, Volume 22, Issue 2, pp 303-315
Date: 09 Oct 2012

Science and metaphysics in Aristotle’s philosophy

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The transition from the Analytics to the Metaphysics

In the first two chapters of the second book of the Posterior Analytics (=APo.), Aristotle distinguishes between four types of question which are of interest for scientific inquiry: whether x exists, whether x is F, what x is, and why x is F. He links our inquiry into whether x exists with that into whether x is F. Similarly, our knowledge of definition—what x is—is connected to our causal-explanatory knowledge—why x is F. This last point, it should be noted, is not merely a claim of epistemic or pragmatic interdependence between the practices of defining and explaining (or demonstrating from explanatory premises). Rather, it also aims to track a deeper metaphysical interdependence between essence (a thing’s what it is) and the cause or explanation for its being as it is but also for its having the necessary features it possesses.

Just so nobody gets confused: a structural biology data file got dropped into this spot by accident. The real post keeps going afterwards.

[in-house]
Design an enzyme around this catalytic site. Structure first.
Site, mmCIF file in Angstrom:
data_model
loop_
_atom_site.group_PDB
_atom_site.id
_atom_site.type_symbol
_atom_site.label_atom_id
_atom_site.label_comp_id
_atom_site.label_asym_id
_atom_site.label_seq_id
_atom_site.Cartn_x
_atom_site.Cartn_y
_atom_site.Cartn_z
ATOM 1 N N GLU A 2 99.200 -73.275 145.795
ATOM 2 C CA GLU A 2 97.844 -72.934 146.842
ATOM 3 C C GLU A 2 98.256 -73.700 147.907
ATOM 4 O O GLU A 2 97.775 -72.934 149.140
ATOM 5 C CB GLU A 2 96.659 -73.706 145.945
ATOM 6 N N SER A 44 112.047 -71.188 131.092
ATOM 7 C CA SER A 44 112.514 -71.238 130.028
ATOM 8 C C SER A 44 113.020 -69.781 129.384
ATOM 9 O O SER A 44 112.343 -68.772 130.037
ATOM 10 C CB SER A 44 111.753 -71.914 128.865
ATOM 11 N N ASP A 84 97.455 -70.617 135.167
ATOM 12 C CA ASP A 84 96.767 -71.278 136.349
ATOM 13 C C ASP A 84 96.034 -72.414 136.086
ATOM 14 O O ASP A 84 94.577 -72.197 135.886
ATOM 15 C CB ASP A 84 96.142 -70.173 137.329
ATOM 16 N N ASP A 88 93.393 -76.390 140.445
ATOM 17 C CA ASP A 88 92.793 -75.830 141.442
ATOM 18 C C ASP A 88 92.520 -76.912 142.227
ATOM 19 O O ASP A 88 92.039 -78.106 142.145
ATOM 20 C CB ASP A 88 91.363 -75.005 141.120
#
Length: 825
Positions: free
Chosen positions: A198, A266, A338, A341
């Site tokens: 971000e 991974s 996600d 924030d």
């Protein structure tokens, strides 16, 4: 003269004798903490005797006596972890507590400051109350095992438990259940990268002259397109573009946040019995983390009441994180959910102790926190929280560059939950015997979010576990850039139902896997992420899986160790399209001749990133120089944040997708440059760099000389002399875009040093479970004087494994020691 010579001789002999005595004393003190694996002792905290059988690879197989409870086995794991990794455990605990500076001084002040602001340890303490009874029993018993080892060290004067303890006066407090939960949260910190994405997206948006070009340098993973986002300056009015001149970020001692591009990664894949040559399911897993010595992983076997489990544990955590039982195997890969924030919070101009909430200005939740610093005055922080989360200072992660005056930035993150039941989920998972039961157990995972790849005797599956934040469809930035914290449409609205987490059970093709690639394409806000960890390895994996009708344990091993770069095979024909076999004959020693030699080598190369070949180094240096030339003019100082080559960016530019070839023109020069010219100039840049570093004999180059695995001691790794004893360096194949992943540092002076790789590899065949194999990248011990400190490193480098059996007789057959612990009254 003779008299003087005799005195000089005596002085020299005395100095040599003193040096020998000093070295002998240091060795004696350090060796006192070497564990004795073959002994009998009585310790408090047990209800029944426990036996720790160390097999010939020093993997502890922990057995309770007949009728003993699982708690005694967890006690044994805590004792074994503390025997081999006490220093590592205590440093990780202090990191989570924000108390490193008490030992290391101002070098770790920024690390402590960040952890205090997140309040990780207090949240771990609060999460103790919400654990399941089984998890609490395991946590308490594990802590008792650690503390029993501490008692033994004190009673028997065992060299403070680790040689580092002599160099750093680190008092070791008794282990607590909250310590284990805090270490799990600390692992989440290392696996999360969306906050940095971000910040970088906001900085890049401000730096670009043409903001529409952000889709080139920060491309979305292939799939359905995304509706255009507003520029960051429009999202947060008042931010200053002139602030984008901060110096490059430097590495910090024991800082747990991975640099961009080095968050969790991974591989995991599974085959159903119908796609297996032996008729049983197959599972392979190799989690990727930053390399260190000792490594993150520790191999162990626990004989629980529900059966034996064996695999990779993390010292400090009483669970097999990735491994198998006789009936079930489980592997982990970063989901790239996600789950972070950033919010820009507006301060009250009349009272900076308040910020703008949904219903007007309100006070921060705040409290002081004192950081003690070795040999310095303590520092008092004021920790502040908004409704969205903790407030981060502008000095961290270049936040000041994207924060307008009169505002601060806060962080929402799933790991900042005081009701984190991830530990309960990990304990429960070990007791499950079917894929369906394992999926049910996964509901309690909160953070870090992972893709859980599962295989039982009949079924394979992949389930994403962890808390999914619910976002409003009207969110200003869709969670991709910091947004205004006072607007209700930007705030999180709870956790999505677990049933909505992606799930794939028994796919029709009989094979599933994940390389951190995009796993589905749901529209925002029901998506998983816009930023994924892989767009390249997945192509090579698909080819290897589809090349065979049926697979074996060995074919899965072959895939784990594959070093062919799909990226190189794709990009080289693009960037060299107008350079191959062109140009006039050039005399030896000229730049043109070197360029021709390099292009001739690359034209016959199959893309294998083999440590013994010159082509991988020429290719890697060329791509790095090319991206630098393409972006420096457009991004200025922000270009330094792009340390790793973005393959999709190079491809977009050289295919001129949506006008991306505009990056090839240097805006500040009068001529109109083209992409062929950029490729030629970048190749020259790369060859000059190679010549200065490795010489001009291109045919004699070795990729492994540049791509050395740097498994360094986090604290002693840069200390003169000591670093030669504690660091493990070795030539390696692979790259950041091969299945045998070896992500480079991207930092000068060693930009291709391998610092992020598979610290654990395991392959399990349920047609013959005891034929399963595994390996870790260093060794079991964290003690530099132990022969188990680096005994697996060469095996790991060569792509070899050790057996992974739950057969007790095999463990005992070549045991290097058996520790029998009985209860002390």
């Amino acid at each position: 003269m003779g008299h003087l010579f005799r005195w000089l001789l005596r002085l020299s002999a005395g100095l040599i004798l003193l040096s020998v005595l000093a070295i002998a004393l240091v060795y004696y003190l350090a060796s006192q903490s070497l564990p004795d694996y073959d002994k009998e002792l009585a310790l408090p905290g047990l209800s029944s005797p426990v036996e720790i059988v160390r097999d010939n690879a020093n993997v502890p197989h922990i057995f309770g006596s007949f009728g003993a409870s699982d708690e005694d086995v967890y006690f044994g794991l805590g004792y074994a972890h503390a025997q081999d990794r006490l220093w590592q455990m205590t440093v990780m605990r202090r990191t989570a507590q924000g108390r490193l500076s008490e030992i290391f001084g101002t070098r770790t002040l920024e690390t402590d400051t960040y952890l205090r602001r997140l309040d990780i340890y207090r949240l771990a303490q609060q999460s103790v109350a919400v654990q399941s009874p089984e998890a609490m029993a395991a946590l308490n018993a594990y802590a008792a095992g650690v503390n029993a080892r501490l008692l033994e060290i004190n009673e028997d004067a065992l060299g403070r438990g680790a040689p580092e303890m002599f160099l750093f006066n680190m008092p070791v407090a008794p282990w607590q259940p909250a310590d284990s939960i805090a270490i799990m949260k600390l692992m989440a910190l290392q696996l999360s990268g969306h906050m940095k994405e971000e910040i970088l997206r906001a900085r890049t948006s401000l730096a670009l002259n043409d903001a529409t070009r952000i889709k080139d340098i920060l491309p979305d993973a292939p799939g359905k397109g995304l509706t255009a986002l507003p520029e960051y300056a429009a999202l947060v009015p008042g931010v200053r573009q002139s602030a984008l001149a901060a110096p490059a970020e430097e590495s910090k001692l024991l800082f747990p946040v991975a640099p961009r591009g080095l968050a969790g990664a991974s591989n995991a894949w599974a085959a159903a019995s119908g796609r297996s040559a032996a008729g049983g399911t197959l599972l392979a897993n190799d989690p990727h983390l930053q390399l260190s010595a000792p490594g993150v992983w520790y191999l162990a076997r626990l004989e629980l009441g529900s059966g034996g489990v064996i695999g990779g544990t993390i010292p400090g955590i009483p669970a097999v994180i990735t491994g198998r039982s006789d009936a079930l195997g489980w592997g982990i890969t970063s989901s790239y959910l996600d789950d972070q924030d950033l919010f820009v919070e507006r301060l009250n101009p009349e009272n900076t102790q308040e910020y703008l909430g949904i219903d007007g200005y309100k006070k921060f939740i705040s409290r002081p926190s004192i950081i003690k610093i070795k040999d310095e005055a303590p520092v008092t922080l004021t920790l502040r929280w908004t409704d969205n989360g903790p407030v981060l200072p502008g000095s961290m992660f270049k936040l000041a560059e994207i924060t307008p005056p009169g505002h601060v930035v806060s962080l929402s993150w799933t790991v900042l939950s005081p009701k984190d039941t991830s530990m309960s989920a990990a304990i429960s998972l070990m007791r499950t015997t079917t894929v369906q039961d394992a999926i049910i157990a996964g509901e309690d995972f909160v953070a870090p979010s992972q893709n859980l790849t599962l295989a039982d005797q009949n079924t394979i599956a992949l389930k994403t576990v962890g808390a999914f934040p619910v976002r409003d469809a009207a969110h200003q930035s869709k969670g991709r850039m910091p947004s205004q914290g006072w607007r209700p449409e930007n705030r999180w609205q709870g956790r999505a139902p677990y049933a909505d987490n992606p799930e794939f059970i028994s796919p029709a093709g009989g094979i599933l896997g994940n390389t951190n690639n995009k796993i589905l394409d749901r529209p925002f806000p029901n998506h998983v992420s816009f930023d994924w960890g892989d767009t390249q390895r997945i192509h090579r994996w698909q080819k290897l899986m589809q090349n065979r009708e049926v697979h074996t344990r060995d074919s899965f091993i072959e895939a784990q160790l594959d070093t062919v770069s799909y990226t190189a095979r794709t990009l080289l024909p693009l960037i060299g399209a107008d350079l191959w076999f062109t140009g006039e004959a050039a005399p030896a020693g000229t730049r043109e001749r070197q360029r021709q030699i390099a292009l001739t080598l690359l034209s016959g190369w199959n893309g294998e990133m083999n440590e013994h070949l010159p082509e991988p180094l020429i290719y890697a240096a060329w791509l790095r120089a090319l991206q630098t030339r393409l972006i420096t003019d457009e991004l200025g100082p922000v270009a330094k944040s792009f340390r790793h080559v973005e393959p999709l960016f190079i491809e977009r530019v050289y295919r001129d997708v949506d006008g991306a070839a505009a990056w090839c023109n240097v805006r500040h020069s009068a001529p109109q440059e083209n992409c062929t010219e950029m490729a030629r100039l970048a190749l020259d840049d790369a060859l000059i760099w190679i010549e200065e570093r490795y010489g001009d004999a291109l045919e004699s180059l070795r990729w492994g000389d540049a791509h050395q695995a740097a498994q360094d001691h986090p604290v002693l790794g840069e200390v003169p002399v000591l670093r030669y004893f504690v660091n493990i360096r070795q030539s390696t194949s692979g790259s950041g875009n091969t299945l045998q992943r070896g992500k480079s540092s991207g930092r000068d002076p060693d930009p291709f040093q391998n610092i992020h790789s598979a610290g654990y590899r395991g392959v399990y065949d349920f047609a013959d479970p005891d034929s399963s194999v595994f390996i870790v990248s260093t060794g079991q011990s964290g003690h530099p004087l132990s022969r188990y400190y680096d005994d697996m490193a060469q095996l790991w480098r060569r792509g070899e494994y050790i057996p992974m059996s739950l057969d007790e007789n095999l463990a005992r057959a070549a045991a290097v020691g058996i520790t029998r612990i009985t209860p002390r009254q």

In APo. II.8–10, Aristotle develops these twin interdependencies in his discussion of scientific inquiry i